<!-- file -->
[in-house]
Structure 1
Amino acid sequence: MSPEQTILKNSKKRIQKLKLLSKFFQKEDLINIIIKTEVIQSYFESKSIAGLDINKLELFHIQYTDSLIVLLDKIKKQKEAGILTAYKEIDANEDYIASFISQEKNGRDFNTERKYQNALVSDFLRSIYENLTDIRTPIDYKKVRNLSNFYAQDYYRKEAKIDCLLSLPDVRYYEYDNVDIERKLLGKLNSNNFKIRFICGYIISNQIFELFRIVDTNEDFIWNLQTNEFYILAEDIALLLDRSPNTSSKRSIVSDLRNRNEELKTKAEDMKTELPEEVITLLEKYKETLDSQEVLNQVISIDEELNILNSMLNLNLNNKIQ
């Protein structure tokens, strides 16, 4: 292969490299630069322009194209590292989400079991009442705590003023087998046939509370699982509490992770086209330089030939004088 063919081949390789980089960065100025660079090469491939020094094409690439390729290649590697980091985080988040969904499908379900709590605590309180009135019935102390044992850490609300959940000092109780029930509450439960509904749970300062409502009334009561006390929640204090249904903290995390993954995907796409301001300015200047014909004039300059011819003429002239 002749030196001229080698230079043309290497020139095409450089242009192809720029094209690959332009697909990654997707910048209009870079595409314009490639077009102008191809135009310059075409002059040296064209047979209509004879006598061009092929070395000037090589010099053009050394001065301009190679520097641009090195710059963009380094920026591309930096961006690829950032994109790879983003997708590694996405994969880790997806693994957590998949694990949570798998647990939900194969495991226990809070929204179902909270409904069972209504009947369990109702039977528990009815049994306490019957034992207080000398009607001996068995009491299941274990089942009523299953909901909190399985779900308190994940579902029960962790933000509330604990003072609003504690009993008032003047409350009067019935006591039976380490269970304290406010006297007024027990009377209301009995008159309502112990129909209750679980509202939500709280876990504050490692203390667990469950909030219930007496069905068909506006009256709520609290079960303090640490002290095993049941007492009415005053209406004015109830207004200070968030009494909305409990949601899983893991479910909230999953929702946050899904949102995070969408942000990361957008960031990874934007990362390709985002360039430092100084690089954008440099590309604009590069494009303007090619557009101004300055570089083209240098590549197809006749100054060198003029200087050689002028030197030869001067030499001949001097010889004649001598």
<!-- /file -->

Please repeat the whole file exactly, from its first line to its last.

[in-house]
Structure 1
Amino acid sequence: MSPEQTILKNSKKRIQKLKLLSKFFQKEDLINIIIKTEVIQSYFESKSIAGLDINKLELFHIQYTDSLIVLLDKIKKQKEAGILTAYKEIDANEDYIASFISQEKNGRDFNTERKYQNALVSDFLRSIYENLTDIRTPIDYKKVRNLSNFYAQDYYRKEAKIDCLLSLPDVRYYEYDNVDIERKLLGKLNSNNFKIRFICGYIISNQIFELFRIVDTNEDFIWNLQTNEFYILAEDIALLLDRSPNTSSKRSIVSDLRNRNEELKTKAEDMKTELPEEVITLLEKYKETLDSQEVLNQVISIDEELNILNSMLNLNLNNKIQ
């Protein structure tokens, strides 16, 4: 292969490299630069322009194209590292989400079991009442705590003023087998046939509370699982509490992770086209330089030939004088 063919081949390789980089960065100025660079090469491939020094094409690439390729290649590697980091985080988040969904499908379900709590605590309180009135019935102390044992850490609300959940000092109780029930509450439960509904749970300062409502009334009561006390929640204090249904903290995390993954995907796409301001300015200047014909004039300059011819003429002239 002749030196001229080698230079043309290497020139095409450089242009192809720029094209690959332009697909990654997707910048209009870079595409314009490639077009102008191809135009310059075409002059040296064209047979209509004879006598061009092929070395000037090589010099053009050394001065301009190679520097641009090195710059963009380094920026591309930096961006690829950032994109790879983003997708590694996405994969880790997806693994957590998949694990949570798998647990939900194969495991226990809070929204179902909270409904069972209504009947369990109702039977528990009815049994306490019957034992207080000398009607001996068995009491299941274990089942009523299953909901909190399985779900308190994940579902029960962790933000509330604990003072609003504690009993008032003047409350009067019935006591039976380490269970304290406010006297007024027990009377209301009995008159309502112990129909209750679980509202939500709280876990504050490692203390667990469950909030219930007496069905068909506006009256709520609290079960303090640490002290095993049941007492009415005053209406004015109830207004200070968030009494909305409990949601899983893991479910909230999953929702946050899904949102995070969408942000990361957008960031990874934007990362390709985002360039430092100084690089954008440099590309604009590069494009303007090619557009101004300055570089083209240098590549197809006749100054060198003029200087050689002028030197030869001067030499001949001097010889004649001598």